TLDR, Clarify what would the event C-D and C-E be measured by a set of clocks moving with the same velocity as spaceship, and would the order of events C-E be reversed in Earth, and spaceship's reference frame? Are the questions clear?


2 Answers 2


"what Lorentz factor of 7 means, for every second on earth clock, 7 seconds would elapse on the spacecraft, and vice versa"

This has to be stated more carefully in order to be clear. At the moment it could be correct or incorrect depending on how it is interpreted.

The way to gain clarity is, I suggest, to introduce the concept of event. You specify two events, and then report the time elapsed between those events according to one set of clocks or another.

For example: let event A be "clock on spaceship reads noon" and event B be "clock on spaceship reads 1:00pm". The time elapsed between these events, according to a set of clocks at rest relative to Earth, is 7 hours.

Now how about the other way around. If we take those same two events, the answers will remain what we just said: 1 hour for spaceship, 7 hours for Earth. To look at the other scenario we need to pick a different pair of events. For example, consider event C which is "clock on Earth reads noon" and event D which is "clock on Earth reads 1:00pm". The time interval between C and D, according to a set of clocks moving with the same velocity as the spaceship, is 7 hours.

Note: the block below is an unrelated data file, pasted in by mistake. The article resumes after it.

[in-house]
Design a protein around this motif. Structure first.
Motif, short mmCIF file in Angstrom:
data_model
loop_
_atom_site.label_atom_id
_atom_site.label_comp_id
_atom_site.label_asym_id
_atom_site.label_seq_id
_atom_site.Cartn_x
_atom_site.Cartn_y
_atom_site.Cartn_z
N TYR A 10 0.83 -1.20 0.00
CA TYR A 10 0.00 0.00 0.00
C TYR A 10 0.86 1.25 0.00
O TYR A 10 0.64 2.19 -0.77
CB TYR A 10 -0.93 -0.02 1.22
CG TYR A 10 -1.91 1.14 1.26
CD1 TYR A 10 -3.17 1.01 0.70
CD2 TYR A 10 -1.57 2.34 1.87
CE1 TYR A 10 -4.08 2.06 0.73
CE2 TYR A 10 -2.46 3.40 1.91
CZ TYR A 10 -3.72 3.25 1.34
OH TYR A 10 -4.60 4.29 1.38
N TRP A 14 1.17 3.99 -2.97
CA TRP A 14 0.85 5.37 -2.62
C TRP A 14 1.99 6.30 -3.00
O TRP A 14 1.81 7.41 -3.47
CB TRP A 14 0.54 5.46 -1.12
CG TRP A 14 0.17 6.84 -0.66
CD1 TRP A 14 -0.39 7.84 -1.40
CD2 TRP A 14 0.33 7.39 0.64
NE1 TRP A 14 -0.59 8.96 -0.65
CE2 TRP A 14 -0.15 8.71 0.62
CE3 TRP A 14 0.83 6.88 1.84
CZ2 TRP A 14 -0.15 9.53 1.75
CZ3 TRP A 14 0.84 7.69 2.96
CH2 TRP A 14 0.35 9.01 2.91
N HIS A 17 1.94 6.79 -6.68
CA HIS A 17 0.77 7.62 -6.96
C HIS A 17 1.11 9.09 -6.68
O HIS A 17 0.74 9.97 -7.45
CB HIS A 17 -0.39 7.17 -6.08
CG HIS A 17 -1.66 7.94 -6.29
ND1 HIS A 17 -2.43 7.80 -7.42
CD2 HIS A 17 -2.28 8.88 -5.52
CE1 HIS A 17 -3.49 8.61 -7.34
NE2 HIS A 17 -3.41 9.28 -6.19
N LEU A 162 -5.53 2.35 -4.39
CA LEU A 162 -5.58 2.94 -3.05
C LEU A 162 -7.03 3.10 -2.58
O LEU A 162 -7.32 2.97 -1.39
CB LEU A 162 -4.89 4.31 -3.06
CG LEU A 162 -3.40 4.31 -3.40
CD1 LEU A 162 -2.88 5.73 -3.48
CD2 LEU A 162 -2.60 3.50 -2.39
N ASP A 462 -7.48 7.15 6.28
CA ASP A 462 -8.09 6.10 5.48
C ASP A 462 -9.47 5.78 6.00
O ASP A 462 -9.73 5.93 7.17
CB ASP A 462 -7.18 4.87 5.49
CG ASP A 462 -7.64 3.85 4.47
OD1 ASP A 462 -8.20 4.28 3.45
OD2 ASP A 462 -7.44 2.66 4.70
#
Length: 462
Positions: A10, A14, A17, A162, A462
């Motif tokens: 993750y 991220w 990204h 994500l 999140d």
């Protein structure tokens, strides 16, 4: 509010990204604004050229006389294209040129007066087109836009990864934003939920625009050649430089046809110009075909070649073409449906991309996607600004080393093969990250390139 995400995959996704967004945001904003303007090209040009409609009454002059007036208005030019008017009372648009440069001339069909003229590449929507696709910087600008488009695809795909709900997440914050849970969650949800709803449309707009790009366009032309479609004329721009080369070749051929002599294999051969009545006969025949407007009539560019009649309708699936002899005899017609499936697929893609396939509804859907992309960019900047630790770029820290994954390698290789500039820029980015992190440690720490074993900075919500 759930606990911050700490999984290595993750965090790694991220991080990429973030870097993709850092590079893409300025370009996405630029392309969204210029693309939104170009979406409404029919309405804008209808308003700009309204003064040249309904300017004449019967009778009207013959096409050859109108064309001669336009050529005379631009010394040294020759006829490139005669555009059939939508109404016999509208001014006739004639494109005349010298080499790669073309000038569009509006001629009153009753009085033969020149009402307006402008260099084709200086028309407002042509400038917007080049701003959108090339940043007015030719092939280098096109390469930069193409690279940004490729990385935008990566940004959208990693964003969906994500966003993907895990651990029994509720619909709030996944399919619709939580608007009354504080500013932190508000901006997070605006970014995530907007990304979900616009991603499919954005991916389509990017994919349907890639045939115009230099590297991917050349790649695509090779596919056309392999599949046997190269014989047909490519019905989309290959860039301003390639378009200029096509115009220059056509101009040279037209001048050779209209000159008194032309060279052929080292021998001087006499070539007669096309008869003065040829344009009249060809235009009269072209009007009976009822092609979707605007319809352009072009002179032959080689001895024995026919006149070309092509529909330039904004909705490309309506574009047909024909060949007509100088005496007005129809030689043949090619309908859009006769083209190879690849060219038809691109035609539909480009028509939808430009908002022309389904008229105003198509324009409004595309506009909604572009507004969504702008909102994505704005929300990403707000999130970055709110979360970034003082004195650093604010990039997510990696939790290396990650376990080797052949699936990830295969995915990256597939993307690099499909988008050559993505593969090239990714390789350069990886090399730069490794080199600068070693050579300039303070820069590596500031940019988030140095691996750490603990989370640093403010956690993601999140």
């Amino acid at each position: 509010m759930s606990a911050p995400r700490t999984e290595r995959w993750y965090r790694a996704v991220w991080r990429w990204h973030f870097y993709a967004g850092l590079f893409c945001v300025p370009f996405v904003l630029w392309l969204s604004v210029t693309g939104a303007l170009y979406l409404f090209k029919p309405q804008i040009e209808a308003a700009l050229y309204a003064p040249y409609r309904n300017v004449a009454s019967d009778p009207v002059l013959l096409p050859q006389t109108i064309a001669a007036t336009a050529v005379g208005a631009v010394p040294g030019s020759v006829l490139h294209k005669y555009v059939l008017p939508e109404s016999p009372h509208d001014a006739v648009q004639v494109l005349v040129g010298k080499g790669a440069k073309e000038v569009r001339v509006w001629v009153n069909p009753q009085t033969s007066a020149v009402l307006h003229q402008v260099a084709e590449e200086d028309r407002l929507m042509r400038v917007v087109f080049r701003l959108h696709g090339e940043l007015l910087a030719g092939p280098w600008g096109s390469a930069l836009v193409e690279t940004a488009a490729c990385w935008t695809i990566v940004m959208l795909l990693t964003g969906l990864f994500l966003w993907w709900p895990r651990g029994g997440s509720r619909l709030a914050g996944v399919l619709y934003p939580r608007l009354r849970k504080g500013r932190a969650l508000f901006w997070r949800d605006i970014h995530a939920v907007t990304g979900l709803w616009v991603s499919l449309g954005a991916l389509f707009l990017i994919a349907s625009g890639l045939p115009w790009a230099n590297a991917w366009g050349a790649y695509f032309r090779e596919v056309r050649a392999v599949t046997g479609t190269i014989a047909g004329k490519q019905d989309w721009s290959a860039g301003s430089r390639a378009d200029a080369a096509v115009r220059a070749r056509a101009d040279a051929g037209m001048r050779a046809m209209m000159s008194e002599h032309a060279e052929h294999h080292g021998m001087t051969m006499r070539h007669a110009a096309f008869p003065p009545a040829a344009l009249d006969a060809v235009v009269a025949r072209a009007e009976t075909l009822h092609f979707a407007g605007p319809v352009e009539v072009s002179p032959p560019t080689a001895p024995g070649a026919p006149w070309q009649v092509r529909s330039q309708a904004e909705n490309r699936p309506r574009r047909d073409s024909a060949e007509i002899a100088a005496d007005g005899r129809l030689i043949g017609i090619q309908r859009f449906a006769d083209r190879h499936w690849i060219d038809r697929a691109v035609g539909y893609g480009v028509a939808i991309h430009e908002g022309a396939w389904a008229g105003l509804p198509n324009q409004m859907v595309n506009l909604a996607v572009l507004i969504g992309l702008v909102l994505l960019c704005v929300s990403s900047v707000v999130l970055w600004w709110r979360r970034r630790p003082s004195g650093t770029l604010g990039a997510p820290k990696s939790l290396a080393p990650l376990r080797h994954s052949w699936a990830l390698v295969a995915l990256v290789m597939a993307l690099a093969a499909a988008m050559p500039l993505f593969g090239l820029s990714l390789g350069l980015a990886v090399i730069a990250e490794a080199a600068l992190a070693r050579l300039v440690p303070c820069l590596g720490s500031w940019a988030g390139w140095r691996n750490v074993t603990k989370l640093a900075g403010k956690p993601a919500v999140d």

In the above scenario one can arrange that A and C are the same event, but then B and D will be different events. Or one could arrange that B and D are the same events, but then A and C will be different. And so on.

The time dilation factor is equal to the Lorentz factor $\gamma$ when we compare time in a reference frame to proper time. Proper time is the time interval between two events for the inertial frame where those events are at the same location. Or, another way to say it: if there is a clock with inertial motion (i.e. constant velocity or at rest) present at both events then that clock gives the proper time $\tau$ between the events. Some other clock, moving at velocity $v$ relative to the one present at both events, will register $\Delta t = \gamma \tau$ as the time interval.

In the scenario described in the question, the spaceship clock gives the proper time between events "leave Earth" and "arrive at exoplanet". A clock fixed to Earth could be used to find the proper time between events such as "spaceship leaves launch pad" and "ground control crew have a party on the launch pad after receiving news that all is well after one year."